Serving up good quality food, a fantastic array of cocktails and an extensive list of wines, beers and lagers, The Slug and Lettuce is a brand which has a great reputation for service.
Owned and operated by leading pub operator, Stonegate Pub Company, The Slug and Lettuce venues are dotted across the UK, from Epsom and Hove to Manchester and Harpenden.
With over 70 bars in its collection, The Slug and Lettuce provides the perfect place for guests to unwind, whether it is for a relaxed daytime meal or for a lively evening out on the tiles. Each venue offers something a little different, but each retains its core values of excellent hospitality.
In order to further The Slug and Lettuce offering to even more guests, Stonegate Pub Company is continually developing its portfolio, with new venues and refurbishment schemes taking place in key locations. Recent projects for The Slug and Lettuce include refurbishment works at Canary Wharf, Nottingham and Edinburgh OMNi Centre, as well as two new openings in Cardiff and on George Street in Edinburgh.
Keen to find out a little bit more about the schemes, Premier Hospitality recently caught up with Faith Beckingham, a Company Director at Lawrence Beckingham Field Architects to ask her about the practice’s involvement with these sites. Faith has a long-standing working relationship with Stonegate Pub Company and during our discussion, Faith detailed how efficient the roll-out programme for refurbishments and new openings is.
“I’ve been working with The Slug and Lettuce since around 2009 and our relationship with Stonegate Pub Company goes even further back, because we have worked on a number of their other brands too.
“The five sites we recently worked on were completed in quite a close timeframe, with all of them taking place back-to-back.”
The first of the venues which Lawrence Beckingham Field Architects has been involved with recently was Canary Wharf. The venue – which is situated right in the heart of the South Colonnade – underwent a £400,000 transformation, which not only introduced a fresh new décor scheme, it also added a number of enhancements, including an extended bar, an eye-catching mirror ball and some stunning crystal lighting.
“Historically each Slug and Lettuce has a similar design theme, but we broke the mould with Canary Wharf. The brief was to make this a different Slug and that’s exactly what we did.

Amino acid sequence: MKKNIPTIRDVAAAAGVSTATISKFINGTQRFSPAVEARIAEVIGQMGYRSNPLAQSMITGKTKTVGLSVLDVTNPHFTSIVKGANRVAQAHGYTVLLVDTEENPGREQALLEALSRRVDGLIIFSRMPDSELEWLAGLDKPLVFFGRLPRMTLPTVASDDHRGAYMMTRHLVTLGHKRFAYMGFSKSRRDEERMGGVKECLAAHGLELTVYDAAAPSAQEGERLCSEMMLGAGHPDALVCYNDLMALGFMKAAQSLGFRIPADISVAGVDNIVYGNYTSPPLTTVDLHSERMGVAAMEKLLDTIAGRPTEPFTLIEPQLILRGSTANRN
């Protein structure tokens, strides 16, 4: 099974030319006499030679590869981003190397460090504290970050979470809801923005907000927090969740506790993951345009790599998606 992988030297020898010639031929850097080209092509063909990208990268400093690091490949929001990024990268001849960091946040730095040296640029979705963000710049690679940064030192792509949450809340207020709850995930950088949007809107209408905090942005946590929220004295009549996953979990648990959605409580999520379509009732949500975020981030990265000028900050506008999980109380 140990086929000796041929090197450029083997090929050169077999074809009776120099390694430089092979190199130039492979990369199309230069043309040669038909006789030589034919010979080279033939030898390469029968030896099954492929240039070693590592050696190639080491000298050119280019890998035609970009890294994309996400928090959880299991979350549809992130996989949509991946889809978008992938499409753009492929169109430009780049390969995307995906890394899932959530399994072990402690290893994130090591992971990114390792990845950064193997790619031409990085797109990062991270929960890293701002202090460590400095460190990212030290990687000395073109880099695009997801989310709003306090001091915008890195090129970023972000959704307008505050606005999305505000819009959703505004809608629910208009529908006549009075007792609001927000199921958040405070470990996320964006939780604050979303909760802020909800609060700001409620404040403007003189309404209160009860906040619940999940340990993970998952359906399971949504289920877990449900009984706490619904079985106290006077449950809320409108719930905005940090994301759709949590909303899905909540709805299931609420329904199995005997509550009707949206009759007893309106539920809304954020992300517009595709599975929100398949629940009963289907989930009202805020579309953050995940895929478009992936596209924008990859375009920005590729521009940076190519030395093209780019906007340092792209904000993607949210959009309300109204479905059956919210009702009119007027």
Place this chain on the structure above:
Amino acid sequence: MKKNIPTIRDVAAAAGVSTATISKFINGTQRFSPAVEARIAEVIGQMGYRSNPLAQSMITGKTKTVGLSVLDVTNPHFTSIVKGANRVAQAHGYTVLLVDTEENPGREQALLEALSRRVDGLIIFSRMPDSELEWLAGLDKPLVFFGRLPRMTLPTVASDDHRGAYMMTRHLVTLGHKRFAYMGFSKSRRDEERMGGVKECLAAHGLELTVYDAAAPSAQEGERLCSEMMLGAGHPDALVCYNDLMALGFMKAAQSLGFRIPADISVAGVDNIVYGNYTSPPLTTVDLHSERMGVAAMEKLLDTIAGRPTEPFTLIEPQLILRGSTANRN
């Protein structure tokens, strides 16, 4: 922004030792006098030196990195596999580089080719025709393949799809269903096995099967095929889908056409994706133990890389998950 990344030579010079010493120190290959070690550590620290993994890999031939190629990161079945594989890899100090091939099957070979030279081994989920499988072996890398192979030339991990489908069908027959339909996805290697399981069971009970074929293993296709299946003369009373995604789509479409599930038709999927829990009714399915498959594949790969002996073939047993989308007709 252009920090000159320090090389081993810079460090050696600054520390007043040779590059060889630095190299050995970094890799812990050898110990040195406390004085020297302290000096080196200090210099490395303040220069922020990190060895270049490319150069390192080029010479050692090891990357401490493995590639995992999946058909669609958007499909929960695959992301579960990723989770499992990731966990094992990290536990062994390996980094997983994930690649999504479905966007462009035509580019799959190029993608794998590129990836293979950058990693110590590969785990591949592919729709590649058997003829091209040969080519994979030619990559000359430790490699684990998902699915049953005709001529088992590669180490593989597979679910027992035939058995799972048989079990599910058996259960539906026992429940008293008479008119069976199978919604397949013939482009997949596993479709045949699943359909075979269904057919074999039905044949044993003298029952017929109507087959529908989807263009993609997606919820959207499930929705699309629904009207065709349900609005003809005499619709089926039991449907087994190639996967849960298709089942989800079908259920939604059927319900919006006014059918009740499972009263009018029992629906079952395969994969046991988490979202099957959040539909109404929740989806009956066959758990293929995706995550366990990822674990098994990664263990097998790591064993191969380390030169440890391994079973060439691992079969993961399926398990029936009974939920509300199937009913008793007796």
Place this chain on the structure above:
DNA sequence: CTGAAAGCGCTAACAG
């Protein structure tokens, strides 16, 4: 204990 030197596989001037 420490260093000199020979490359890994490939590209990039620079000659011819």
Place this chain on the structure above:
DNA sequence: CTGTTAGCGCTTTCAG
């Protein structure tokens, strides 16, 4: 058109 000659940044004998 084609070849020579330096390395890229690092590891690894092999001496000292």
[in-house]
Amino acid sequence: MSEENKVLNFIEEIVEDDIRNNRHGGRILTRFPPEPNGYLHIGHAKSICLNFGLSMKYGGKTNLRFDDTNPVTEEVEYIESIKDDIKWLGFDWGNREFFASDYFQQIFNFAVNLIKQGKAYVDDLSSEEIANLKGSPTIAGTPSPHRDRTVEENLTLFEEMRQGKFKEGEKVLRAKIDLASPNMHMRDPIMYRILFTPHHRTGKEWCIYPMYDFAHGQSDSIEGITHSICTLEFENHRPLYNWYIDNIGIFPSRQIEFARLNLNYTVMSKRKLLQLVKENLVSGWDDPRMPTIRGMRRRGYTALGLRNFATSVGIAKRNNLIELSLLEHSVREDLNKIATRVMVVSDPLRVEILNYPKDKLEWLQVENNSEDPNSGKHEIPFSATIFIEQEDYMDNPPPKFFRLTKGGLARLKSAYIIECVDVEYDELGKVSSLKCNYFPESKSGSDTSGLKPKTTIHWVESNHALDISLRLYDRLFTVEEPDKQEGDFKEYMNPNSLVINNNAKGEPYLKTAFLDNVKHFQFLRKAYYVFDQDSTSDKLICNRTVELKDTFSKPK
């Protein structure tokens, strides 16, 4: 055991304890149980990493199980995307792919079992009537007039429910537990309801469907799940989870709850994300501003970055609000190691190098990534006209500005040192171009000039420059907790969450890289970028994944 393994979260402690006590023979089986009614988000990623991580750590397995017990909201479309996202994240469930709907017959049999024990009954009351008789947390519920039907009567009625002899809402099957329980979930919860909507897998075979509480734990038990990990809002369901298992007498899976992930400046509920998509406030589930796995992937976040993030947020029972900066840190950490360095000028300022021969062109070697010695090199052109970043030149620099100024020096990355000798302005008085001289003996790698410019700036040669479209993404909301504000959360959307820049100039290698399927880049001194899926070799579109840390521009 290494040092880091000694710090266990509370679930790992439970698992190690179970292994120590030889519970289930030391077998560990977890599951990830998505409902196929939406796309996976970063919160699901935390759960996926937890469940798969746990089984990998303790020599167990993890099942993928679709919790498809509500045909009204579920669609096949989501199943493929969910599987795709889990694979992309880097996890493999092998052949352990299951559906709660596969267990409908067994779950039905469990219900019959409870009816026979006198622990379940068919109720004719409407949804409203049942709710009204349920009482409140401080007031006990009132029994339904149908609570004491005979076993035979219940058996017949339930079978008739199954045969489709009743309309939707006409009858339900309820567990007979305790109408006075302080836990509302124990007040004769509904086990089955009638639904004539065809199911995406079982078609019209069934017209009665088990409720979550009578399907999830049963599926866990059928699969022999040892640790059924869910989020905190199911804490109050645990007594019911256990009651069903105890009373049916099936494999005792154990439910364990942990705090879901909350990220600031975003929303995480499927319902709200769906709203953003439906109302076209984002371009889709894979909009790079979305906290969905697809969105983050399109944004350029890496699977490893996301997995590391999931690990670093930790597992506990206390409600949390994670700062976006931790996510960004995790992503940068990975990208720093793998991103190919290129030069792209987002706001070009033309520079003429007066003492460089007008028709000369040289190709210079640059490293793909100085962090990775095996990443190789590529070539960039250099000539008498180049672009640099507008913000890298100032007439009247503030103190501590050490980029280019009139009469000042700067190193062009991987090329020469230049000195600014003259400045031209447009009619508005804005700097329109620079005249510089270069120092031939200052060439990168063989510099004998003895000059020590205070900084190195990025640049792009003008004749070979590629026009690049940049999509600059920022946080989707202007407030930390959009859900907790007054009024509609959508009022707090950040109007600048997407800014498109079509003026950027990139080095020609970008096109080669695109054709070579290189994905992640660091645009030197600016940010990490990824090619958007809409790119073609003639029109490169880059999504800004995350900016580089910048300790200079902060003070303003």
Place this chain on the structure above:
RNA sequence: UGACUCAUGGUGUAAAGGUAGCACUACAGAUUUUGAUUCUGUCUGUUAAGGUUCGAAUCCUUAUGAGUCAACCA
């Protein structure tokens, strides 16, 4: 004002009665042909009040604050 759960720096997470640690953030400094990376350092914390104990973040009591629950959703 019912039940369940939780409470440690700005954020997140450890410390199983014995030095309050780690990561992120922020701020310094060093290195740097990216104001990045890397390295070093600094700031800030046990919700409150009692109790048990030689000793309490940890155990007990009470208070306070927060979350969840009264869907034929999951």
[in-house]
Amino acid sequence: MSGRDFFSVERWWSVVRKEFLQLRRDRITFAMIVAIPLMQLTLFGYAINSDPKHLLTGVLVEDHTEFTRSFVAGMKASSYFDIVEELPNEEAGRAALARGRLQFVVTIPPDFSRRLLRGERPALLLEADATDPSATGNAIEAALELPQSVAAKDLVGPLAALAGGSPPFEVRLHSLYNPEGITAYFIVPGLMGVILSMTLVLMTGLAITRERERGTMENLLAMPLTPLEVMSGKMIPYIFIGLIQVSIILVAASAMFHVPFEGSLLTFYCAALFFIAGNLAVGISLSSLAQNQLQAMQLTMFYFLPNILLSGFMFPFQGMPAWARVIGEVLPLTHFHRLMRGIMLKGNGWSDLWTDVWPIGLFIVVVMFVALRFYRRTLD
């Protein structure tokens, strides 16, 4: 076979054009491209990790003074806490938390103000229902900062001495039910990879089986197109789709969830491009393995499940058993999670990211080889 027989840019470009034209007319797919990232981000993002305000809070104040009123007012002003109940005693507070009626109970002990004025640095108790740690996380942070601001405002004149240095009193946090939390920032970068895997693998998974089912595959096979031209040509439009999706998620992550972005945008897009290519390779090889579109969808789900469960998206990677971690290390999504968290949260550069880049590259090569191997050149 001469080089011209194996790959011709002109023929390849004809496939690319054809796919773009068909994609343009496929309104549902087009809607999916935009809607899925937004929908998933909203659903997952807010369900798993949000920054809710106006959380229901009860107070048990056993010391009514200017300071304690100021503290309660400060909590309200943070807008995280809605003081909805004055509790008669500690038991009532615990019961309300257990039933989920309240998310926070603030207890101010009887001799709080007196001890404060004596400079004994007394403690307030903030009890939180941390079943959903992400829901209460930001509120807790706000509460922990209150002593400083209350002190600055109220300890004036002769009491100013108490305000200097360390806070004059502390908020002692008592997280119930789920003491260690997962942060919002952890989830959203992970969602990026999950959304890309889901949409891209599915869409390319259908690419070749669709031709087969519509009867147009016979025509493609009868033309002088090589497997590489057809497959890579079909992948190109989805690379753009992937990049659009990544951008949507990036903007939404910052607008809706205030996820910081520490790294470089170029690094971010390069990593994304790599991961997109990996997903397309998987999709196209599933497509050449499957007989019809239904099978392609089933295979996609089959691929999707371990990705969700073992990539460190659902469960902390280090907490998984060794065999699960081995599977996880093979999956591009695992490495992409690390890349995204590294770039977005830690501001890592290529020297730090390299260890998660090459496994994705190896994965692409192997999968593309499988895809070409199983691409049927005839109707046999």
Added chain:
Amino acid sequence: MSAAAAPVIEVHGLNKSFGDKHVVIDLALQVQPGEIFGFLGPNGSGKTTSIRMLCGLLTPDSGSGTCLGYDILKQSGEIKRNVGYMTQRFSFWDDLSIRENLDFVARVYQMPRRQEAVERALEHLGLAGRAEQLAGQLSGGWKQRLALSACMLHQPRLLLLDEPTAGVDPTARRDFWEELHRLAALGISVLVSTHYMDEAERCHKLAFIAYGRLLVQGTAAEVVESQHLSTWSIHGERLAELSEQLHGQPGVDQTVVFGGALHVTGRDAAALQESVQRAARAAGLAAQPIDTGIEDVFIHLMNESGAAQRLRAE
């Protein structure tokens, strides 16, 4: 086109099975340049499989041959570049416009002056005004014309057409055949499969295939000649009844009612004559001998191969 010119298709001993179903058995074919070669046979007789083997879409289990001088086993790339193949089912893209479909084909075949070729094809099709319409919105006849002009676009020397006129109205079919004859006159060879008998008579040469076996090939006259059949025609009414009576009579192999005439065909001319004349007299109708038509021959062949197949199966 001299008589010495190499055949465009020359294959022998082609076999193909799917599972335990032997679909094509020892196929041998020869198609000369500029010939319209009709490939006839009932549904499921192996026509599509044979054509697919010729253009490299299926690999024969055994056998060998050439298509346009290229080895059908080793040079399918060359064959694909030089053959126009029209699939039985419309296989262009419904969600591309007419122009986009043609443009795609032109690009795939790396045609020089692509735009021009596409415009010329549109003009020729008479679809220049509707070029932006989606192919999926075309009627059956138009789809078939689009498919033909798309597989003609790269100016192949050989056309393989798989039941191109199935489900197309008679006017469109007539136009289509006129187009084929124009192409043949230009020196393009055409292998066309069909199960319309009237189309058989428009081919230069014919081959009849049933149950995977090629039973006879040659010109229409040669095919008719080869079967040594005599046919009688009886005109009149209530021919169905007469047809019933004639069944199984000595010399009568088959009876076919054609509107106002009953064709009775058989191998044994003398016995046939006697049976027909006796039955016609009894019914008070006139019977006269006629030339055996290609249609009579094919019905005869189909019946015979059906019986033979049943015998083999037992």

“In terms of the colour scheme we created a neutral background; however we added variety by incorporating different textures.”
The Slug and Lettuce Canary Wharf reopened to the public in February 2015 and has proved a big hit with guests ever since. With work complete, Lawrence Beckingham Field Architects moved swiftly onto Nottingham, this time to tackle a £320,000 refurbishment at The Slug and Lettuce which is located with the city’s Cornerhouse.
During the works a dedicated cocktail masterclass station was introduced, whilst new lighting was added in order to unlock the potential of the site.
“This is a smaller site, which receives little day light, so the challenge was to highlight all the areas of the unit, ensuring that guests make use of the back of the venue as much as they do the front.
“We introduced a palette of lighter materials at the rear of the venue – along with big feature lighting – as well as some mirrors, in order to play with the available space.
“This was one of the first Slugs to have a bespoke cocktail unit – where staff can conduct cocktail masterclasses – and this is a new aspect to what the brand has to offer.”
Following completion of the East Midlands-based project, Lawrence Beckingham Field Architects’ next stop was in Edinburgh, to tackle the first of two venues for the city. The first was in Edinburgh’s OMNi Centre – which was handed over in early April – whilst the second was on George Street and was completed at the end of April.
As The Slug and Lettuce OMNi Centre is an internal unit within an entertainment complex, the bar receives no natural daylight, so a key aspect of the project was to brighten up the venue through the introduction of new materials and lighting. Highlights of the project included the installation of a mirror back bar, a significant amount of feature furniture, some patterned floor tiles and feature lighting.
In contrast to the OMNi Centre project, the George Street project, meanwhile, involved the introduction of a new Slug into the ever expanding collection. This new site for the Slug brand is housed within a Listed building and is another perfect example of how Stonegate Pub Company choose great venues which add character to their portfolio.
“Before we began work on this project the venue had not previously been a Slug, so instead of implementing a refit this project was about undertaking a complete change. The site was given a new shop front and we also opened up the entrance.”
Although the projects took place back-to-back, Lawrence Beckingham Field Architects still found time to slot in another scheme, this time in Cardiff, with work taking place in between the two Edinburgh-based projects.
As with the George Street site, Stonegate Pub Company had recently acquired the Cardiff site, so the project comprised a completely new fit-out. Mirrors were a key aspect of the design, whilst neutral colours and the introduction of playful fabrics rounded out the works.
Working with Stonegate Pub Company is very important to Faith and it is a relationship which she truly values.
“I have a long-standing working relationship with the team at Stonegate, which is very important to me and of course, with a rolling-programme, working on these projects is also important from a business point of view. The time scales and the constant evolution of the design is of course very challenging, but at the same time it is incredibly exciting.”
For more information about The Slug and Lettuce, please visit: www.slugandlettuce.co.uk.